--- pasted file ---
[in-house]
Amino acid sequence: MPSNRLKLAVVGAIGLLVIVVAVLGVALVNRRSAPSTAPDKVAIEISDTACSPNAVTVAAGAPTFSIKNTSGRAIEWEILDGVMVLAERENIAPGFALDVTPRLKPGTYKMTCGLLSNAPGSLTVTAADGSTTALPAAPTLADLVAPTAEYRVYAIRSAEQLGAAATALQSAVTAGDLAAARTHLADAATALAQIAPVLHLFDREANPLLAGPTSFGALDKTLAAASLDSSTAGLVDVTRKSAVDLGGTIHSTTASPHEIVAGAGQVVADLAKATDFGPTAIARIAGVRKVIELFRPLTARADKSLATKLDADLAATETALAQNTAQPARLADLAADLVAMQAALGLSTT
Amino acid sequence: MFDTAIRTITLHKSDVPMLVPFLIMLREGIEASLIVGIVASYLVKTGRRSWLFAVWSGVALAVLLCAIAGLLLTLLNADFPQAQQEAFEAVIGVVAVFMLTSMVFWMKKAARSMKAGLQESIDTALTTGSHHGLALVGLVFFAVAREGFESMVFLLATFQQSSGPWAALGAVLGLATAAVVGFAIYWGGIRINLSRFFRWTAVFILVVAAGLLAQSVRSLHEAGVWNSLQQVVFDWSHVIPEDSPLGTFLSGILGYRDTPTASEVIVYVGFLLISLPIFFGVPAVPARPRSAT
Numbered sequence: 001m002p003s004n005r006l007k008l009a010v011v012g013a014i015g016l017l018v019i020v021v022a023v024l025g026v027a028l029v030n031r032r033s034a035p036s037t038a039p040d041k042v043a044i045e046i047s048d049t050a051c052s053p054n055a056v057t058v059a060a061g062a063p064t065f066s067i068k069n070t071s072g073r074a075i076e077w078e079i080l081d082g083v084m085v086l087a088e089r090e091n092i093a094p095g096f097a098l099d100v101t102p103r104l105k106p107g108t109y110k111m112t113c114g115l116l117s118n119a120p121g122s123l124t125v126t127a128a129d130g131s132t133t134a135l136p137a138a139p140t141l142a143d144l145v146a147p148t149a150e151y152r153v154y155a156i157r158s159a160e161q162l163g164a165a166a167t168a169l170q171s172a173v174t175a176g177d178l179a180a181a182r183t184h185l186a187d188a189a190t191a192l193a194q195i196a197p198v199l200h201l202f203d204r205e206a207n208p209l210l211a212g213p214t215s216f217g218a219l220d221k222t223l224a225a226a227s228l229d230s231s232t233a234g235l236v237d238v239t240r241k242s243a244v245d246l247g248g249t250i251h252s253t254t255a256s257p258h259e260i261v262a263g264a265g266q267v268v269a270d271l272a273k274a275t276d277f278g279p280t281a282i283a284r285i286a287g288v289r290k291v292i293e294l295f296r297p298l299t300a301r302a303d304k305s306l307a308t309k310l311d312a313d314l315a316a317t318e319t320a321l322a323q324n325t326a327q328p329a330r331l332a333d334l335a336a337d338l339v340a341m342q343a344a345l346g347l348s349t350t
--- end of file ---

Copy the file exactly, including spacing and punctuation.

[in-house]
Amino acid sequence: MPSNRLKLAVVGAIGLLVIVVAVLGVALVNRRSAPSTAPDKVAIEISDTACSPNAVTVAAGAPTFSIKNTSGRAIEWEILDGVMVLAERENIAPGFALDVTPRLKPGTYKMTCGLLSNAPGSLTVTAADGSTTALPAAPTLADLVAPTAEYRVYAIRSAEQLGAAATALQSAVTAGDLAAARTHLADAATALAQIAPVLHLFDREANPLLAGPTSFGALDKTLAAASLDSSTAGLVDVTRKSAVDLGGTIHSTTASPHEIVAGAGQVVADLAKATDFGPTAIARIAGVRKVIELFRPLTARADKSLATKLDADLAATETALAQNTAQPARLADLAADLVAMQAALGLSTT
Amino acid sequence: MFDTAIRTITLHKSDVPMLVPFLIMLREGIEASLIVGIVASYLVKTGRRSWLFAVWSGVALAVLLCAIAGLLLTLLNADFPQAQQEAFEAVIGVVAVFMLTSMVFWMKKAARSMKAGLQESIDTALTTGSHHGLALVGLVFFAVAREGFESMVFLLATFQQSSGPWAALGAVLGLATAAVVGFAIYWGGIRINLSRFFRWTAVFILVVAAGLLAQSVRSLHEAGVWNSLQQVVFDWSHVIPEDSPLGTFLSGILGYRDTPTASEVIVYVGFLLISLPIFFGVPAVPARPRSAT
Numbered sequence: 001m002p003s004n005r006l007k008l009a010v011v012g013a014i015g016l017l018v019i020v021v022a023v024l025g026v027a028l029v030n031r032r033s034a035p036s037t038a039p040d041k042v043a044i045e046i047s048d049t050a051c052s053p054n055a056v057t058v059a060a061g062a063p064t065f066s067i068k069n070t071s072g073r074a075i076e077w078e079i080l081d082g083v084m085v086l087a088e089r090e091n092i093a094p095g096f097a098l099d100v101t102p103r104l105k106p107g108t109y110k111m112t113c114g115l116l117s118n119a120p121g122s123l124t125v126t127a128a129d130g131s132t133t134a135l136p137a138a139p140t141l142a143d144l145v146a147p148t149a150e151y152r153v154y155a156i157r158s159a160e161q162l163g164a165a166a167t168a169l170q171s172a173v174t175a176g177d178l179a180a181a182r183t184h185l186a187d188a189a190t191a192l193a194q195i196a197p198v199l200h201l202f203d204r205e206a207n208p209l210l211a212g213p214t215s216f217g218a219l220d221k222t223l224a225a226a227s228l229d230s231s232t233a234g235l236v237d238v239t240r241k242s243a244v245d246l247g248g249t250i251h252s253t254t255a256s257p258h259e260i261v262a263g264a265g266q267v268v269a270d271l272a273k274a275t276d277f278g279p280t281a282i283a284r285i286a287g288v289r290k291v292i293e294l295f296r297p298l299t300a301r302a303d304k305s306l307a308t309k310l311d312a313d314l315a316a317t318e319t320a321l322a323q324n325t326a327q328p329a330r331l332a333d334l335a336a337d338l339v340a341m342q343a344a345l346g347l348s349t350t